That is why wildlife officials created the seasonal area south of the trophy game area and near the Idaho border, said Brian Nesvik, chief of the wildlife division for the Wyoming Game and Fish Department. Wolves will be under a hunting season from Oct. 15 to the end of February, allowing more freedom to move without being killed as predators.
Game and Fish also agreed to genetically monitor wolves to prove genetic exchange.
“I’m very confident this plan is viable and will ensure the long-term management of wolves,” Nesvik said.
The flex zone is an improvement from the 2008 plan, but does not solve the problem, Harbine said.
“Half of the wolf dispersal through this area occurs outside of the season during which killing is regulated,” she said. “There are still geographic and temporal deficiencies.”
The groups Earthjustice represents — Defenders of Wildlife, the Natural Resources Defense Council, the Center for Biologic Diversity and the Sierra Club — are also concerned that no buffer exists between Wyoming’s and the Fish and Wildlife Service’s minimum wolf requirement. Livestock owners, even within the trophy area, can kill wolves if their livestock is threatened.
“That appears to be a loophole that could allow the Wyoming wolf population to drop below the minimal objectives that Fish and Wildlife require,” Harbine said.
That concern will be addressed by the number of wolves the state is allowing people to hunt, Nesvik said. The quota of 52 creates a gradual decrease in the wolf population and includes unforeseen circumstances.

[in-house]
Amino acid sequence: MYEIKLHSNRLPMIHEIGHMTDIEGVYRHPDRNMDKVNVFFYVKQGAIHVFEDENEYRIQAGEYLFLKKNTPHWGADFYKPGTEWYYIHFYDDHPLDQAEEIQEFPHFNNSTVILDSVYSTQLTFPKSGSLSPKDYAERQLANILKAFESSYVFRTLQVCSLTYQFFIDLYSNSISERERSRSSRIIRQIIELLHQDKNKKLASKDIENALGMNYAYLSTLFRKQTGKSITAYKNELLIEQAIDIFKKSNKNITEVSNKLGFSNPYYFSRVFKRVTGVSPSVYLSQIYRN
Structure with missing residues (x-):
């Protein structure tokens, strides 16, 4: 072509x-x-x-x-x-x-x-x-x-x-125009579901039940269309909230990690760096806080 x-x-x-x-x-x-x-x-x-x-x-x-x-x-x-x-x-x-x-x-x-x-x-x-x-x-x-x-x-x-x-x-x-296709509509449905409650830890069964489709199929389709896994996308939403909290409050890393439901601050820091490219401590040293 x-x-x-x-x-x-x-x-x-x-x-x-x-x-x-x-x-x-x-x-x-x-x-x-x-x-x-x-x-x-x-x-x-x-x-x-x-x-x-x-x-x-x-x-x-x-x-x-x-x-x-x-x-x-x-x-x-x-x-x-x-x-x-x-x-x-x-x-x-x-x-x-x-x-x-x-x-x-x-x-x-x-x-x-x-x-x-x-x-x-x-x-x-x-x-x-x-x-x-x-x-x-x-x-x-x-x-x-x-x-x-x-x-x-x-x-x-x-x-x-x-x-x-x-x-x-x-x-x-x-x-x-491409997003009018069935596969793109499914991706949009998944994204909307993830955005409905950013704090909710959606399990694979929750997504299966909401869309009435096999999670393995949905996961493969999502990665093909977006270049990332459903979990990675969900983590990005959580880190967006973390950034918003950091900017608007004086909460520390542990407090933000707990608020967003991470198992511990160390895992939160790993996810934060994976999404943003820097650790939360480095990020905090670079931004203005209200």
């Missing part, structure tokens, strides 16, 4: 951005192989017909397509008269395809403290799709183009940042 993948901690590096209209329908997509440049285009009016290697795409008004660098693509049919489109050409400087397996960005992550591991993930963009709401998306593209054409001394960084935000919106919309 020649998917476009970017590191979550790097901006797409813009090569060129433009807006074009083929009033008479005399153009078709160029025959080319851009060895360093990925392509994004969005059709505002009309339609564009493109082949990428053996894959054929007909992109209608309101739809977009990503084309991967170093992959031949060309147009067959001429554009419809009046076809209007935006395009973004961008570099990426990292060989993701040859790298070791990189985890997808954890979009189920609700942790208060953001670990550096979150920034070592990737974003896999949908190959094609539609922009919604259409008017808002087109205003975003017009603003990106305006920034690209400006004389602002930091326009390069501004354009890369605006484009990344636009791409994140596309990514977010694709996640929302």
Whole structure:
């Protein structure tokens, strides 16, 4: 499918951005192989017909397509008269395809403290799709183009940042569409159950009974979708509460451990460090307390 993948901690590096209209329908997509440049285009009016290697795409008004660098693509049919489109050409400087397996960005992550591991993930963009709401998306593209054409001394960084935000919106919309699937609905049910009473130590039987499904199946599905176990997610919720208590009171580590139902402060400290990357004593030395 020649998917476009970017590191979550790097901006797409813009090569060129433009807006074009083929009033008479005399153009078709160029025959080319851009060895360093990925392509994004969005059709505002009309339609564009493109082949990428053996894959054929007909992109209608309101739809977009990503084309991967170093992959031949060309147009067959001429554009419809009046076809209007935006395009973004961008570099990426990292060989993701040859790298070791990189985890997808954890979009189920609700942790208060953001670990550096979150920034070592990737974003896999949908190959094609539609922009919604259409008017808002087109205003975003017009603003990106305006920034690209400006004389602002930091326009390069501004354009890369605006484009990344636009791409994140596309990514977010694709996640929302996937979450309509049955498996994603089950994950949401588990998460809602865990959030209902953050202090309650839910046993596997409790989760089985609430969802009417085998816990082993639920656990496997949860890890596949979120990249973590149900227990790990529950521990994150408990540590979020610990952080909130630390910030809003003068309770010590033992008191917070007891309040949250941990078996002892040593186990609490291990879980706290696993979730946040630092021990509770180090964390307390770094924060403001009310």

“Our strategy is to ensure at the end of the season we have far more,” he said.
Game and Fish officials can also decline to issue lethal-take permits, which allow livestock owners to kill wolves, if they think the population is reaching the minimum level.
Cost of management
The Wyoming Legislature set aside $600,000 of general fund money to manage wolves for two years, Nesvik said.
The money will pay for costs including flights to put radio collars on wolves and monitor their distribution. It will also cover manpower needed to check each wolf killed during hunting season for a genetic sample.
No additional staff will be hired to help manage wolves. Game and Fish recently restructured its large carnivore section, combining research specialists and conflict management into one group.
It also has a full-time wolf biologist already in its budget. Managing wolves will mean more responsibility, but the group should be able to accomplish delisting goals, Nesvik said.
Wolf tags will be sold over the counter, similar to black bear and mountain lion tags. Hunters will be required to call a hotline to check on the quota for each area before hunting and report a kill within 24 hours. The areas will close when the quota is reached.
Resident licenses will be $18 and nonresident tags $180.
In 2009, during Montana’s first fair chase wolf hunt before the animals were placed back on the endangered species list, the state’s Fish, Wildlife and Parks department sold 15,603 licenses totaling $325,916, according to the department.
Earthjustice will discuss with the conservation groups it represents if, after filing the lawsuit, it will seek an injunction to stop the hunting season. The soonest an injunction could happen would be November, one month after the season’s start, Harbine said.